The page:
| 2018-06-01 | A    | A1   |        0 |                        0 |
| 2018-06-03 | A    | A2   |        0 |                        1 |
| 2018-06-03 | A    | A3   |        0 |                        2 |
| 2018-06-03 | A    | A4   |        1 |                        1 |
| 2018-06-03 | A    | A5   |        2 |                        1 |
| 2018-06-04 | A    | A6   |        0 |                        3 |
| 2018-06-01 | B    | B1   |        0 |                        1 |
| 2018-06-02 | B    | B2   |        0 |                        2 |
| 2018-06-03 | B    | B3   |        0 |                        3 |
+------------+------+------+----------+--------------------------+
", header = TRUE, sep = "|", comment.char = "+", strip.white = TRUE)

But as you can see there are some issues with the result.

dat
   X       Date Emp1 Case Priority PriorityCountinLast7days X.1
1 NA 2018-06-01    A   A1        0                        0  NA
2 NA 2018-06-03    A   A2        0                        1  NA
3 NA 2018-06-03    A   A3        0                        2  NA
4 NA 2018-06-03    A   A4        1                        1  NA
5 NA 2018-06-03    A   A5        2                        1  NA
6 NA 2018-06-04    A   A6        0                        3  NA
7 NA 2018-06-01    B   B1        0                        1  NA
8 NA 2018-06-02    B   B2        0                        2  NA
9 NA 2018-06-03    B   B3        0                        3  NA

To have separators start and end each data row made R believe those separators mark extra columns, which is not what is meant by the original question's OP.

So the second step is to keep only the real columns. I will do this subsetting the columns by their numbers, easily done, they usually are the first and last columns.

dat <- dat[-c(1, ncol(dat))]
dat
          Date   Emp1   Case Priority PriorityCountinLast7days
1  2018-06-01   A      A1           0                        0
2  2018-06-03   A      A2           0                        1
3  2018-06-03   A      A3           0                        2
4  2018-06-03   A      A4           1                        1
5  2018-06-03   A      A5           2                        1
6  2018-06-04   A      A6           0                        3
7  2018-06-01   B      B1           0                        1
8  2018-06-02   B      B2           0                        2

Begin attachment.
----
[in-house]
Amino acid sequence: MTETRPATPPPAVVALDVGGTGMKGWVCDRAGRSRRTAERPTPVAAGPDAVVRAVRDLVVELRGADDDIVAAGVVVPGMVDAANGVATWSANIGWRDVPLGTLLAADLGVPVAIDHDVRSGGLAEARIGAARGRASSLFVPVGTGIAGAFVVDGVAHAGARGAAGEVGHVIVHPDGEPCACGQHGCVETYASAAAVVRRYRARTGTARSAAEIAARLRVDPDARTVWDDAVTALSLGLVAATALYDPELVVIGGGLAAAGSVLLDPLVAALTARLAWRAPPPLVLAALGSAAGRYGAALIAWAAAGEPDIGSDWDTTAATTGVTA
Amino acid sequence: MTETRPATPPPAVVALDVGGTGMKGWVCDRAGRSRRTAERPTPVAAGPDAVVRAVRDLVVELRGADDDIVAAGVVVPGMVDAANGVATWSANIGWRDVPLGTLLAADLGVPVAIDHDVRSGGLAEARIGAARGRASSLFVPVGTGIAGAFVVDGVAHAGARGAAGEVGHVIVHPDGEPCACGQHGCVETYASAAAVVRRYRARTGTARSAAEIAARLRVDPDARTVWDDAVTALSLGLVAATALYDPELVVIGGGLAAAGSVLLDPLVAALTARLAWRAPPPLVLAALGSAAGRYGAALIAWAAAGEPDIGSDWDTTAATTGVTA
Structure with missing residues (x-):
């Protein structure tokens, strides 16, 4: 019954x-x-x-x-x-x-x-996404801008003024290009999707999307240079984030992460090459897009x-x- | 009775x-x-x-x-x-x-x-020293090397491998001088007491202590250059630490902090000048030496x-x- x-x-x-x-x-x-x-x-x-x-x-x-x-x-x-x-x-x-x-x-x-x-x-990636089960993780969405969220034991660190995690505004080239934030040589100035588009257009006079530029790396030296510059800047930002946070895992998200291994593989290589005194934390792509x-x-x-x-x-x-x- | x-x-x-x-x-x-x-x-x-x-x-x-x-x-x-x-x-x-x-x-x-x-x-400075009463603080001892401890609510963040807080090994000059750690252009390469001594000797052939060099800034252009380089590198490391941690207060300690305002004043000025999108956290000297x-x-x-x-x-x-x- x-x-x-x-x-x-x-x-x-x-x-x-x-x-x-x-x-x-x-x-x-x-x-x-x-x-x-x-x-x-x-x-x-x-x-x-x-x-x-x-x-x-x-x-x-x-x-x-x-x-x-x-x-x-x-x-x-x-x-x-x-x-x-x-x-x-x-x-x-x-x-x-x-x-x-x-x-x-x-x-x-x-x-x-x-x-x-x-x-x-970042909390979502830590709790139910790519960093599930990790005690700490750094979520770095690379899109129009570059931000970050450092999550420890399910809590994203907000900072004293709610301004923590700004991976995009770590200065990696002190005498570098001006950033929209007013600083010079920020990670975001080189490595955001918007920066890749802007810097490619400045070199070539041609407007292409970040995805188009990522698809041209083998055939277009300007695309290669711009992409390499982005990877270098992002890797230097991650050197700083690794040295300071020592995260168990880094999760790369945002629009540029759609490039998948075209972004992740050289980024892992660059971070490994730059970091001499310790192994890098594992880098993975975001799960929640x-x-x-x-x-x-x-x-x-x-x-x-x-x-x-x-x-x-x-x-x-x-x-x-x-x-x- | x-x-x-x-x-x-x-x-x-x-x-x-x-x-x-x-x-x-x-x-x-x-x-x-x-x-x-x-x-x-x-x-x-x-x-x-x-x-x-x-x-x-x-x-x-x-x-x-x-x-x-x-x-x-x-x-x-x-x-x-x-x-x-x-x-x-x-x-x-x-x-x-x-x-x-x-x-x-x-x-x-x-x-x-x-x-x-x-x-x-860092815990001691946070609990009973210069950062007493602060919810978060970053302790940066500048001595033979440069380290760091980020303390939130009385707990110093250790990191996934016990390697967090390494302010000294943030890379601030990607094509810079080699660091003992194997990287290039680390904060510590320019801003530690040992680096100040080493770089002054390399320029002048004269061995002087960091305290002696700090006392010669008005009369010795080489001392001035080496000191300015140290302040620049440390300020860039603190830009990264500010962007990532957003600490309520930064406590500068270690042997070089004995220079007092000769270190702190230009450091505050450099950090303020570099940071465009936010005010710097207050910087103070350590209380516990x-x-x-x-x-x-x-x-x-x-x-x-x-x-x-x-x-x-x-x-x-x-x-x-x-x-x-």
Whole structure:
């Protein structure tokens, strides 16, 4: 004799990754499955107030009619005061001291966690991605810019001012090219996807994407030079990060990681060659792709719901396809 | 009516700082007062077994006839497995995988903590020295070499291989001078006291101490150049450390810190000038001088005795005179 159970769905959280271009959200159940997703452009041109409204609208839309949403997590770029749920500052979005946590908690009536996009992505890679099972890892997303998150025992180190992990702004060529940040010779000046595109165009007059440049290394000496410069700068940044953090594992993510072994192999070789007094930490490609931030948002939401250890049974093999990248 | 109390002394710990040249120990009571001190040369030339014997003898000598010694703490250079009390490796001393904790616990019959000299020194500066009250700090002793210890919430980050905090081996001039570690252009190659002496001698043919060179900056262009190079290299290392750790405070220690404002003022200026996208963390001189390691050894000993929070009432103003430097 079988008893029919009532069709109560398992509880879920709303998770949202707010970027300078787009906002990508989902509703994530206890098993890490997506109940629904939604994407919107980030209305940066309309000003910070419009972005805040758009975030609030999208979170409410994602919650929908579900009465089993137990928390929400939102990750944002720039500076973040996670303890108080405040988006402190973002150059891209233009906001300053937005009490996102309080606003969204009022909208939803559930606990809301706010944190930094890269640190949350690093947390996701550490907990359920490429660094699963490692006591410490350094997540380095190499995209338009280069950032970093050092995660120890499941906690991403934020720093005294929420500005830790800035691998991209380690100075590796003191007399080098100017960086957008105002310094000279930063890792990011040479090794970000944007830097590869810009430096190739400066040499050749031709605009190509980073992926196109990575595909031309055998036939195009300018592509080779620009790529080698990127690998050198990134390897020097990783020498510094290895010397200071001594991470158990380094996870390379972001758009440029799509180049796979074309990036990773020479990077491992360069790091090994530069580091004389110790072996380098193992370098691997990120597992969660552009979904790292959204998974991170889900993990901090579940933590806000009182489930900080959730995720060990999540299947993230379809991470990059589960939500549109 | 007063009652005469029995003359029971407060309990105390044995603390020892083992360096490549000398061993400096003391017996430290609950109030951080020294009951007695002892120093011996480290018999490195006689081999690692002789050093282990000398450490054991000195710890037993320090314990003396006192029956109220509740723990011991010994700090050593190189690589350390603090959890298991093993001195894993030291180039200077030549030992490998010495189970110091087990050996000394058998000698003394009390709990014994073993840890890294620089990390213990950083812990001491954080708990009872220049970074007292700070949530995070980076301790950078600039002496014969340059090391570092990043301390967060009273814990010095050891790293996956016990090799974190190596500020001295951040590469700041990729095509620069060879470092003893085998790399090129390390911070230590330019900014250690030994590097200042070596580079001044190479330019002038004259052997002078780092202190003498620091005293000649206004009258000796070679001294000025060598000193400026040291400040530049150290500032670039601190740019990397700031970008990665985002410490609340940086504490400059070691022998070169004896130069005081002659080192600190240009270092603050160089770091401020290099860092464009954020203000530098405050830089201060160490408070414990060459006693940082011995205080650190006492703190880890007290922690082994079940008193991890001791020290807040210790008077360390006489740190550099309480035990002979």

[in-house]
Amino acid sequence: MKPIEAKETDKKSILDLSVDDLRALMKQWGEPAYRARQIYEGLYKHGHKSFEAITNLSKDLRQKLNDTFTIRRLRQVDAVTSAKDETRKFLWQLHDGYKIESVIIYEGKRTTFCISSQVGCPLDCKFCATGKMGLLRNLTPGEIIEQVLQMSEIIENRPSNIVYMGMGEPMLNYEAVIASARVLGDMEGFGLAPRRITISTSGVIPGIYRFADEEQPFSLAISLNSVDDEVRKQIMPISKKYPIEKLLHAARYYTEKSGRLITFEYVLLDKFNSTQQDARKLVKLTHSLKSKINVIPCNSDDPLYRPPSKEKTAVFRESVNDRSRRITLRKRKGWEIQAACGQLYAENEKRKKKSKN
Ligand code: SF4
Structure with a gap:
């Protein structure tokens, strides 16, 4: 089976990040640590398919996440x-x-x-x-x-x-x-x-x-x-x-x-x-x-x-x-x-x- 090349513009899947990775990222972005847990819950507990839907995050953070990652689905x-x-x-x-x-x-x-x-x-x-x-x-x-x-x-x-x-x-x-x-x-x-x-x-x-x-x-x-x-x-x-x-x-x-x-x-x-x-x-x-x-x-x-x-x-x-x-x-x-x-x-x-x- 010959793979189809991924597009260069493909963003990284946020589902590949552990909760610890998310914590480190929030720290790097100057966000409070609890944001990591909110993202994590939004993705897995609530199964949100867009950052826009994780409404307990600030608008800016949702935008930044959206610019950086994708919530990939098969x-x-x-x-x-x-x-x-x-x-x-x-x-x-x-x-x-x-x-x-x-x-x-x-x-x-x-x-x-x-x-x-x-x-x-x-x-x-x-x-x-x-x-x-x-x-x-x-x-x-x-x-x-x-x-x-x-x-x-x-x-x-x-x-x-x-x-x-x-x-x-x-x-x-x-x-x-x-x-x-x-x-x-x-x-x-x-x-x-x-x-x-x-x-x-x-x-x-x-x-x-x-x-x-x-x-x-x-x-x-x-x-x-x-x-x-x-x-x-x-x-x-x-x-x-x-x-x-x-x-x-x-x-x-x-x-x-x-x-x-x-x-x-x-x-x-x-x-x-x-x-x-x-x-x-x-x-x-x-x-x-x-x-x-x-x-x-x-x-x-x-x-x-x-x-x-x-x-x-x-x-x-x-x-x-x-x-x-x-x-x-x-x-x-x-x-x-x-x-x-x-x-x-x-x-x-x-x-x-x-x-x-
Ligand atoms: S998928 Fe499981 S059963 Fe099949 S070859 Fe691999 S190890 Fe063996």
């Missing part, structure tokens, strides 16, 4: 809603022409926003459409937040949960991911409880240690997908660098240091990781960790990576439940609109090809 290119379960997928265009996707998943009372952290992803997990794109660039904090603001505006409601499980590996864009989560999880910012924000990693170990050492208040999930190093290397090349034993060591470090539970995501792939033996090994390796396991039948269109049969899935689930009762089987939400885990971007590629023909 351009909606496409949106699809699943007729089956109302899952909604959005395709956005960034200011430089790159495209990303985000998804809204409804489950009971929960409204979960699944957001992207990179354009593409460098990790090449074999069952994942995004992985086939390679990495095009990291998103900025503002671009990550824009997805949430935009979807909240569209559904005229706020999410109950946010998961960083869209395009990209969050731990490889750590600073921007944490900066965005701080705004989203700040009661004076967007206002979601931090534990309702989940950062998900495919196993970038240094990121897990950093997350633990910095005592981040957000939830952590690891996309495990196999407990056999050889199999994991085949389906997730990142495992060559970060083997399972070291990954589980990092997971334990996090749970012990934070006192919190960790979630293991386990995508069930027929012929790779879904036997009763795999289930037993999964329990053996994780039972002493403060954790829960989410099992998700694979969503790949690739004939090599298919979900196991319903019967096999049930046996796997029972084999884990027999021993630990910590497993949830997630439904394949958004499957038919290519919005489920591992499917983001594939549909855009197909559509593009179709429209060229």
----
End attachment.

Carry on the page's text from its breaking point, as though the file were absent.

9  2018-06-03   B      B3           0                        3

That wasn't too hard, much better.
In this case there is still a problem, to coerce column Date to class Date.

dat$Date <- as.Date(dat$Date)

And the result is satisfactory.

str(dat)
'data.frame':   9 obs. of  5 variables:
 $ Date                    : Date, format: "2018-06-01" "2018-06-03" ...
 $ Emp1                    : Factor w/ 2 levels "A","B": 1 1 1 1 1 1 2 2 2
 $ Case                    : Factor w/ 9 levels "A1","A2","A3",..: 1 2 3 4 5 6 7 8 9
 $ Priority                : int  0 0 0 1 2 0 0 0 0
 $ PriorityCountinLast7days: int  0 1 2 1 1 3 1 2 3

Note that I have not set the more or less standard argument stringsAsFactors = FALSE. If needed, this should be done when running read.table.

The whole process took only 3 lines of base R code.

Finally, the end result in dput format, like it should be in the first place.

dat <-
structure(list(Date = structure(c(17683, 17685, 17685, 17685, 
17685, 17686, 17683, 17684, 17685), class = "Date"), Emp1 = c("A", 
"A", "A", "A", "A", "A", "B", "B", "B"), Case = c("A1", "A2", 
"A3", "A4", "A5", "A6", "B1", "B2", "B3"), Priority = c(0, 0, 
0, 1, 2, 0, 0, 0, 0), PriorityCountinLast7days = c(0, 1, 2, 1, 
1, 3, 1, 2, 3)), row.names = c(NA, -9L), class = "data.frame")

Using data.table::fread:

x = '
+------------+------+------+----------+--------------------------+
|    Date    | Emp1 | Case | Priority | PriorityCountinLast7days |
+------------+------+------+----------+--------------------------+
| 2018-06-01 | A    | A1   |        0 |                        0 |
| 2018-06-03 | A    | A2   |        0 |                        1 |
| 2018-06-03 | A    | A3   |        0 |                        2 |
| 2018-06-03 | A    | A4   |        1 |                        1 |
| 2018-06-03 | A    | A5   |        2 |                        1 |
| 2018-06-04 | A    | A6   |        0 |                        3 |
| 2018-06-01 | B    | B1   |        0 |                        1 |
| 2018-06-02 | B    | B2   |        0 |                        2 |
| 2018-06-03 | B    | B3   |        0 |                        3 |
+------------+------+------+----------+--------------------------+
'

fread(gsub('\\+.+\\n' ,'', x, perl = T), drop=c(1,7))

#          Date Emp1 Case Priority PriorityCountinLast7days
# 1: 2018-06-01    A   A1        0                        0
# 2: 2018-06-03    A   A2        0                        1
# 3: 2018-06-03    A   A3        0                        2
# 4: 2018-06-03    A   A4        1                        1
# 5: 2018-06-03    A   A5        2                        1
# 6: 2018-06-04    A   A6        0                        3
# 7: 2018-06-01    B   B1        0                        1
# 8: 2018-06-02    B   B2        0                        2
# 9: 2018-06-03    B   B3        0                        3

The gsub part removes the horizontal rules. drop removes the extra columns caused by delimiters at the line ends.